The Case Against Shape Matching & Patient-specific Instruments for Total Knee Arthroplasty

David Backstein M.D., MEd, FRCSC
University of Toronto
Toronto, ON

Prior to making a change to clinical practice as significant as replacing the conventional TKA instruments which are the current standard of practice, we must ask ourselves: what would be the motivation? It is acknowledged that while standard instruments have been used to great success for many years, approximately 10-20% of TKA patients are less than satisfied with their outcome1,2,3.

 

Patient-Specific Guides (PSGs) require CT- or MRI-imaging to produce customized, disposable cutting guides which are commercially manufactured preoperatively and used to guide the bone cuts made by the surgeon, intra-operatively. Advocates of patient-specific guides (PSG) articulate two primary advantages over conventional techniques: 1) improved component alignment and reduced mal-positioning, 2) improved operating room efficiency and reduced overall cost of the procedure. A third objective of some PSG advocates is the ability to restore the "kinematic" axis. This axis differs from the neutral, hip-knee-ankle mechanical axis which has been the goal of TKA surgery for decades. Instead, the kinematic aligned knee utilizes a transverse axis in the femur around which the tibia and patella flex and extend. Determining which axis is most appropriate is a separate and even more controversial issue than that of PSGs and beyond this brief discussion.

In theory, these PSGs prevent surgeons' technical errors which result in coronal malalignment while at the same time eliminating the need for costly instruments and sterilization procedures. However, in reality, TKA performed with patient-specific instrumentation (aimed to restore the mechanical axis) have a similar number of outliers as conventional instrumentation. This has been well demonstrated by Nunley et al.4 in a study which used CT-scans to compare postoperative alignment of 50 TKA performed with conventional instruments to 50 which used PSGs and found no benefit in terms of frequency of outliers.

Furthermore, the argument which proposes cost savings and efficiency with PSGs is similarly flawed. The feasibility of obtaining a preoperative MRI or CT-scan for every primary TKA performed is simply not possible in the current Canadian health care environment. The poor availability of such imaging has the potential to worsen already long surgical wait times, particularly when one considers that the demand for TKA is expected to double by 20175. In addition to the time and financial cost of imaging, the occasional need to abort the use of PSGs mid-case and revert to standard instruments has been documented. Therefore hospitals must still have standard instruments available and ready, thus potentially duplicating costs and actually making PSG more expensive than conventional techniques. These findings have been studied by Nunley et al.6 who have stated that routine use of this new technology is not cost-effective in its current form.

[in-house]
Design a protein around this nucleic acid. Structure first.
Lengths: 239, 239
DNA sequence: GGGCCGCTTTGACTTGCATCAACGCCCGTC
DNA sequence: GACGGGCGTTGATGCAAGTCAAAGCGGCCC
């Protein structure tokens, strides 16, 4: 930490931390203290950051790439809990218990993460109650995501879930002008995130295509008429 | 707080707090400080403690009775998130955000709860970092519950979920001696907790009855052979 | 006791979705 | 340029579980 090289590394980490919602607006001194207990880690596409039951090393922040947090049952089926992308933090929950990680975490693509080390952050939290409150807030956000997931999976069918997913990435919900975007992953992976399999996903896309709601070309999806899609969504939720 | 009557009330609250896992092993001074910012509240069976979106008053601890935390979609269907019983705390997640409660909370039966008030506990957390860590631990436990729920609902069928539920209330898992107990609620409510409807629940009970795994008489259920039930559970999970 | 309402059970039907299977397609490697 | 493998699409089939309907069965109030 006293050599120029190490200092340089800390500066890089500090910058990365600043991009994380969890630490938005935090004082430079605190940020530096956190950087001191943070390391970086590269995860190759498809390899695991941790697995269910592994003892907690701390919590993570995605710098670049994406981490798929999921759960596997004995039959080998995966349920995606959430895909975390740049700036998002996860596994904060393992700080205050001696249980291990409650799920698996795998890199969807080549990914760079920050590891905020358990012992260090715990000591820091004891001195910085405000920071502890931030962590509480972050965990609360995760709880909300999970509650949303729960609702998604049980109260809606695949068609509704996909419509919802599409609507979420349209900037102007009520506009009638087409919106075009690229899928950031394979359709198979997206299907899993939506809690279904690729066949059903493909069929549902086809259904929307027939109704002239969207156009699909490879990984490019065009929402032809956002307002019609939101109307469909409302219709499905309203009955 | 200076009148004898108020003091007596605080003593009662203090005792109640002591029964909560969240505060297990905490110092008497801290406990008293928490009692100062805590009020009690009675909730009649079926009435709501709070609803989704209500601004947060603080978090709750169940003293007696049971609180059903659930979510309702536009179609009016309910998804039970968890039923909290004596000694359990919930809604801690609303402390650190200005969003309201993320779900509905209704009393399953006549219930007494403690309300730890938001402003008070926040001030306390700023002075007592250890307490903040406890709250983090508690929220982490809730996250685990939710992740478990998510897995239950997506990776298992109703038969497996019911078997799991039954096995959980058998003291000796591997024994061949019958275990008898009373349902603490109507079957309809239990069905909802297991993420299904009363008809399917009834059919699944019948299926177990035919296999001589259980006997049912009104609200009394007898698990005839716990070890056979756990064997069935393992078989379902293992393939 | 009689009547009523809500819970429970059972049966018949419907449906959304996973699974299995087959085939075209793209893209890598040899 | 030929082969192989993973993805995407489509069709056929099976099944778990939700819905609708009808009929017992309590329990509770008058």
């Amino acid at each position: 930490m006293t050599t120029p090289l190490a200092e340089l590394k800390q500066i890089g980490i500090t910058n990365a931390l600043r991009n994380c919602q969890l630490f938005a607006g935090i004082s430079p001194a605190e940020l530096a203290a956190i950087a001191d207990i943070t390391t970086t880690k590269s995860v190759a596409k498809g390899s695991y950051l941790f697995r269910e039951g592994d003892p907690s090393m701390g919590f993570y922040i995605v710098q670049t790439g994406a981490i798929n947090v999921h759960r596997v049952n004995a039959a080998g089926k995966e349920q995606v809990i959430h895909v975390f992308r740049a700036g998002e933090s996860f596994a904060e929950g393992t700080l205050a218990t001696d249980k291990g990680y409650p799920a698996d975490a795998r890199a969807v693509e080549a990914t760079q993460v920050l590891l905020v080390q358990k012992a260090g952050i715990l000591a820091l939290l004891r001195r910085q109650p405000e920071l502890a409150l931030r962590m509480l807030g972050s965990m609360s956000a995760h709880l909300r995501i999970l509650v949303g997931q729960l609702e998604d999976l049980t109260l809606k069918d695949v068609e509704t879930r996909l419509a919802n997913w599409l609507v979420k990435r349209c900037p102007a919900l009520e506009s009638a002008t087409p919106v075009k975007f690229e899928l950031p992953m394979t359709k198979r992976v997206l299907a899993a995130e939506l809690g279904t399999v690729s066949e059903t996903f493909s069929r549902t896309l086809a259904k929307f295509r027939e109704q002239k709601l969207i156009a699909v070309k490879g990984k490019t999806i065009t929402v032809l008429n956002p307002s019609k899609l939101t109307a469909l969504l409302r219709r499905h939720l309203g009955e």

In summary, the case in favour of PSG has yet to be made and the increased cost yet to be justified. Infection and aseptic loosening are two of the most pressing issues facing TKA surgery and there is no evidence that this new technology will be of any benefit in reducing the incidence of these complications. Similar to the routine use of computer navigation, which has resulted in improved alignment but has not eliminated outliers and has not improved the clinical outcomes, PSG cannot be justified for routine use at this time7,8.

References

  1. Wylde V, Learmonth I, Potter A, Bettinson K, Lingard E. Patientreported outcomes after fixed- versus mobile-bearing total knee replacement: a multi-centre randomised controlled trial using the Kinemax total knee replacement. J Bone Joint Surg Br. 2008;90:1172-1179
  2. Robertsson O., Dunbar M., Pehrsson T., Knutson K., Lidgren L. Patient satisfaction after knee arthroplasty: a report on 27,372 knees operated on between 1981 and 1995 in Sweden. Acta Orthop Scand. 2000;71:262-267.
  3. Bourne R., Chesworth B., Davis A., Mahomed N., Charron K. Patient Satisfaction after Total Knee Arthroplasty Who is Satisfied and Who is Not? Clin Orthop Relat Res (2010) 468:57-63
  4. Nunley R., Ellison B.,  Zhu J., Ruh E., Howell S., Barrack R. Do Patient-specific Guides Improve Coronal Alignment in Total Knee Arthroplasty? Clin Orthop Relat Res (2012) 470:895-902.
  5. Iorio R., Robb W.J., Healy W.L., Berry D.J., Hozack W.J., Kyle R.F., Lewallen D.G., Trousdale R.T., Jiranek W.A., Stamos V.P., Parsley B.S. Orthopaedic surgeon workforce and volume assessment for total hip and knee replacement in the United States: preparing for an epidemic. J Bone Joint Surg Am. 2008;90:1598-1605.
  6. Nunley R.M., Ellison B.S., Ruh E.L., Williams B.M., Foreman K., Ford A.D., Barrack R.L. Are patient-specific cutting blocks cost-effective for total knee arthroplasty? Clin Orthop Relat Res. 2012 Mar;470(3):889-94. Epub 2011 Dec 20.
  7. Blakeney W.G., Khan R.J., Wall S.J. Computer-assisted techniques versus conventional guides for component alignment in total knee arthroplasty: a randomized controlled trial. J Bone Joint Surg Am. 2011;93:1377-1384.
  8. Brin Y.S., Nikolaou V.S., Joseph L., Zukor D.J., Antoniou J. Imageless computer assisted versus conventional total knee replacement: a Bayesian meta-analysis of 23 comparative studies. Int Orthop. 2011;35:331-339.
 

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